Javelinas claim a U.S. desert home
From ANIMAL PEOPLE, January/February 2007:
TUCSON–Encountering a dozen peccaries during a dawn walk
with her three Chihuahuas on December 7, 2006, Tracy Gordon, 34,
of Tucson, was bitten, knocked down, and trampled. One Chihuahua
was critically injured. Another suffered a large bite on the neck.
Arizona Game & Fish Department information and education
program manager Tom Whetten suggested that the javelinas were
protecting younger members of the herd.
Gordon “did exactly what she was supposed to do by getting
those dogs under control,” Whetten told Enric Volante and Jeff
Commings of the Arizona Daily Star.
Whetten attributed the presence of the javelinas in Gordon’s
suburban neighborhood to people who leave food out for them.
“If we can get people to stop feeding, we can stop having
large herds in the metropolitan area,” Whetten said.
The attack on Gordon and her dogs was the most serious human
conflict yet with javelinas in the Tucson area, but hardly the
first. “Pima County Animal Care Center data released last month show
17 incidents since November 2001 in which one or more javelinas bit a
person, including six bitings this year–more than in any year since
2002,” wrote Commings.
“All bites except one were serious enough for the victim to
seek medical treatment, rather than treat the wound at home. Many
of those injured were adults in their 40s or 50s, although one man
bitten last January was 76,” Commings continued.
That middle-aged and older adults were most often bitten may
chiefly reflect the composition of the human population where the
incidents occurred, in recently developed upscale neighborhoods with
relatively few young children–or may hint that peccaries are less
inclined to live where children are often outside making noise.
Commonly considered “pigs,” javelinas are actually
peccaries, the most pig-like animals who are not pigs.
“Though pigs and peccaries are classified within the same
order of mammals, they’re in different families,” explains nature
writer Lauray Yule in her 2004 book Javelinas. “The two families
diverged about 38 million years ago: pigs evolved in the Old World,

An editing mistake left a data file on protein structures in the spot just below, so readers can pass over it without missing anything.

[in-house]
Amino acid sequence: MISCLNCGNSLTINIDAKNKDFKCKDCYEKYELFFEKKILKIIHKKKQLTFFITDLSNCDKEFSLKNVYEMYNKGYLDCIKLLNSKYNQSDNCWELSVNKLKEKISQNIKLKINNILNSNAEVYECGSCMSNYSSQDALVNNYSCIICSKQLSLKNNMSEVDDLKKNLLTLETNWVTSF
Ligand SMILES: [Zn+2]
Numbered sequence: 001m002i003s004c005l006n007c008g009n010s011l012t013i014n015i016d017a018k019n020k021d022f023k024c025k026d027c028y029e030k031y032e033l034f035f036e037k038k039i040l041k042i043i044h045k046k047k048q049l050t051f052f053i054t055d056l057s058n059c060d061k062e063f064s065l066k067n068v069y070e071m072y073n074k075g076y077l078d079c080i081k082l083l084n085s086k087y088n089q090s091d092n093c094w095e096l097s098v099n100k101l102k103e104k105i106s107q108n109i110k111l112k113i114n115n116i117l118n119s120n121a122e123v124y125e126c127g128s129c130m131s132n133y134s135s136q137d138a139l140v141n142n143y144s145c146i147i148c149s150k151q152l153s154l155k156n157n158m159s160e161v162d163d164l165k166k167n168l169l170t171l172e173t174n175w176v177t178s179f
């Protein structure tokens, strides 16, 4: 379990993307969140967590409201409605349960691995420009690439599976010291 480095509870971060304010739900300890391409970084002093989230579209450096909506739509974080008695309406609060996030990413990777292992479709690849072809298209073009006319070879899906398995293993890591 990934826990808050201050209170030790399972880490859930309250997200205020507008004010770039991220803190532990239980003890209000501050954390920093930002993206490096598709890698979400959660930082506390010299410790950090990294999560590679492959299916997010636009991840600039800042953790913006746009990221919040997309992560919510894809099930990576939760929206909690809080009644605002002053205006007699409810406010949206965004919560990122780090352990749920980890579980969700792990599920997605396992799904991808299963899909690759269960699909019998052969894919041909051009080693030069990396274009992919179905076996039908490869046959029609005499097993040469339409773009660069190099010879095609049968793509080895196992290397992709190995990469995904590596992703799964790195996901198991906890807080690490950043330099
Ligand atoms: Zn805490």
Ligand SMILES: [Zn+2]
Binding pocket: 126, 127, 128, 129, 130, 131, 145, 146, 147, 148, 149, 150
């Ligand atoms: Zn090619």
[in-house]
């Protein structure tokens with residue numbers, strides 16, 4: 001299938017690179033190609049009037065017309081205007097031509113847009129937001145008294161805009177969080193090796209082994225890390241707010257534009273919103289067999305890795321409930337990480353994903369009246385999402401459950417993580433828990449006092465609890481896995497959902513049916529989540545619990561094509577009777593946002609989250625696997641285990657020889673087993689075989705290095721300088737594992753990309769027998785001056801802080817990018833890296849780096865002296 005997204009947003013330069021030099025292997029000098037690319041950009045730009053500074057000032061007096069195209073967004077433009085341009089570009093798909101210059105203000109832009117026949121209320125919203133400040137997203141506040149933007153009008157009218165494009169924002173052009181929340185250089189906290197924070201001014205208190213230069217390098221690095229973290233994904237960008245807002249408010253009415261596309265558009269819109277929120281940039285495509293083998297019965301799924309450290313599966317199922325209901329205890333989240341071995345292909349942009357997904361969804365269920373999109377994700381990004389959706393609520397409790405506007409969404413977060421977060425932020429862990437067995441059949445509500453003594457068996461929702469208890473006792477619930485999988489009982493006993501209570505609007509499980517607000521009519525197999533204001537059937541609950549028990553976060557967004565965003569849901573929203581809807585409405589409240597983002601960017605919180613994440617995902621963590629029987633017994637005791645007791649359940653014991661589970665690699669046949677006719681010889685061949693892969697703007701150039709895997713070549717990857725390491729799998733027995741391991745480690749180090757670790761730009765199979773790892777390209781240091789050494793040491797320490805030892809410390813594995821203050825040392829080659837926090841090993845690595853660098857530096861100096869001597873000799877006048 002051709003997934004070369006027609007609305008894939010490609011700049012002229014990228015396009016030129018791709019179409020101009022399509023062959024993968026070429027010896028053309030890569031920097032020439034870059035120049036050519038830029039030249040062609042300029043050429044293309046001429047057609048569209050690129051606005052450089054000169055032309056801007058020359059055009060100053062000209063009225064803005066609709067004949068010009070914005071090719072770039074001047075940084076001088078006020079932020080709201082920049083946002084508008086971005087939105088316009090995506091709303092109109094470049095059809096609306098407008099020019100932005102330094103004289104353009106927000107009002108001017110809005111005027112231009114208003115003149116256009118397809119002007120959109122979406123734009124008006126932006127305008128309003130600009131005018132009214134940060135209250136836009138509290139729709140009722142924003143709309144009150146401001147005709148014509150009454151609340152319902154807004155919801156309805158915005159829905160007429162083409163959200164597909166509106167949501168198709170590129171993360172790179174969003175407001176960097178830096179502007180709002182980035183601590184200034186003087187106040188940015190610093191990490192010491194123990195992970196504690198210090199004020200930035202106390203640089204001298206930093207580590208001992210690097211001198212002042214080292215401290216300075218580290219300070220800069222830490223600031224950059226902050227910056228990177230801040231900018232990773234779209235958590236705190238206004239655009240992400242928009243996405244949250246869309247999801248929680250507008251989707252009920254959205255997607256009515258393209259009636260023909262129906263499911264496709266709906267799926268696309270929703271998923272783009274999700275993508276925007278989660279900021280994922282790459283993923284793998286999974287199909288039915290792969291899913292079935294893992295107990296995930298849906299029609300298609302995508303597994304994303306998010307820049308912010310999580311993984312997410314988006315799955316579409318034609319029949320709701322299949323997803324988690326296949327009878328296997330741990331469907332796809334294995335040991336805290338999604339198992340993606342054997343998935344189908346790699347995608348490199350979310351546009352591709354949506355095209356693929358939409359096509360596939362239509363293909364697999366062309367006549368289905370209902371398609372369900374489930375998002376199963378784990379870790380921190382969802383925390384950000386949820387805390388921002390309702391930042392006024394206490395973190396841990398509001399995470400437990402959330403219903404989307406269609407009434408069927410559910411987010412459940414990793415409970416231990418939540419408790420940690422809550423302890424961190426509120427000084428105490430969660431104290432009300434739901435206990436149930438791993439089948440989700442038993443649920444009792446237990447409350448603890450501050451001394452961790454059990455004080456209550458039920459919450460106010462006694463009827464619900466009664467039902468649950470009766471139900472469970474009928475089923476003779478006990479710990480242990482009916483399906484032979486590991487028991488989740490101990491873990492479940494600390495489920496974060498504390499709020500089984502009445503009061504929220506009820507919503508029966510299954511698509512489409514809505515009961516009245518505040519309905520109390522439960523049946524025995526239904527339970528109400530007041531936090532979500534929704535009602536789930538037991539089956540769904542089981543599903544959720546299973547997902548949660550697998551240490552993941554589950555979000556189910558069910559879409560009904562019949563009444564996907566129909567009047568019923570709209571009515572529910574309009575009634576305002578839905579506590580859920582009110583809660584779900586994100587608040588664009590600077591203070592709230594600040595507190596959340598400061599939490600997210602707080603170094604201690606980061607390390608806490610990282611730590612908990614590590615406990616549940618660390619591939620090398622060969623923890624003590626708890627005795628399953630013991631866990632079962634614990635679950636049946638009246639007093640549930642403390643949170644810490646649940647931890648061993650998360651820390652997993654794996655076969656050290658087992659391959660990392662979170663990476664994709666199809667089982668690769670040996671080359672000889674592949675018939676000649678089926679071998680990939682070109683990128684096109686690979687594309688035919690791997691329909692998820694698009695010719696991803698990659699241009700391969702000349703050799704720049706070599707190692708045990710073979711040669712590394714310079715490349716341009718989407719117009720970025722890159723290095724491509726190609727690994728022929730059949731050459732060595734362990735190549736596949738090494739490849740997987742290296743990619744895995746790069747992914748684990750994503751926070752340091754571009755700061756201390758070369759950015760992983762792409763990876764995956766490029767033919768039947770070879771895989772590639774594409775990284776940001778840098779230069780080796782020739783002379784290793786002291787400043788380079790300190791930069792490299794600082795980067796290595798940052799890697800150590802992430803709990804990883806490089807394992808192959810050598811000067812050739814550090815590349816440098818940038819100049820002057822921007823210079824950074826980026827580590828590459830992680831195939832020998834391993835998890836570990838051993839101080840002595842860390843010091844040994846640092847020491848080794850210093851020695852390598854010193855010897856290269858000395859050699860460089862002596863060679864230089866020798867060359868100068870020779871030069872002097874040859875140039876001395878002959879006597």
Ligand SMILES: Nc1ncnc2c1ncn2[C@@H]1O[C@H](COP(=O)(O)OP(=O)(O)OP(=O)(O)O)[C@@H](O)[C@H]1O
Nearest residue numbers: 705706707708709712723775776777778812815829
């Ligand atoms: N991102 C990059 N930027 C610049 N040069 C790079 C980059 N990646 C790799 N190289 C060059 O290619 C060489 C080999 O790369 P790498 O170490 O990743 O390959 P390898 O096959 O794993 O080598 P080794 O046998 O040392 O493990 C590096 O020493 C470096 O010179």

peccaries in the New World.”
Like elephants, camels, lions, and horses, peccaries
actually evolved in North America, but vanished during the Ice Ages.
Twenty-five-million-year-old fossil peccaries found in Nebraska had
skulls three feet long, longer than the entire bodies of modern
peccaries. Their descendants apparently downsized as they retreated
south, away from the advancing glaciers.
Old World pigs and modern javelinas, migrating from Central
America, appear to have reached the U.S. Southwest at almost the
same time. Spanish missionaries had been exploring and establishing
settlements in what is now the U.S. Southwest, often bringing pigs
with them, for nearly 200 years before two Jesuits mentioned
javelinas between 1756 and 1767. Beaver trappers recorded the
presence of javelinas in 1826, wrote Yule, but the Smithsonian
Institution did not identify javelinas as a U.S. species until
naturalist E.A. Mearns discovered them near the Mexican border in
1907. The U.S. Geological Survey confirmed their existence in 1931.
Since then, javelinas are often seen in much of their range.
Increased visibility roughly coincided with predator control
campaigns that in the mid-20th century extirpated Mexican gray
wolves, substantially diminished the puma population, and killed
millions of coyotes.
The human tendency to kill rattlesnakes might also have
helped javelinas to establish themselves on the edges of fast-growing
cities, since rattlesnakes can be a deadly rival for burrow space.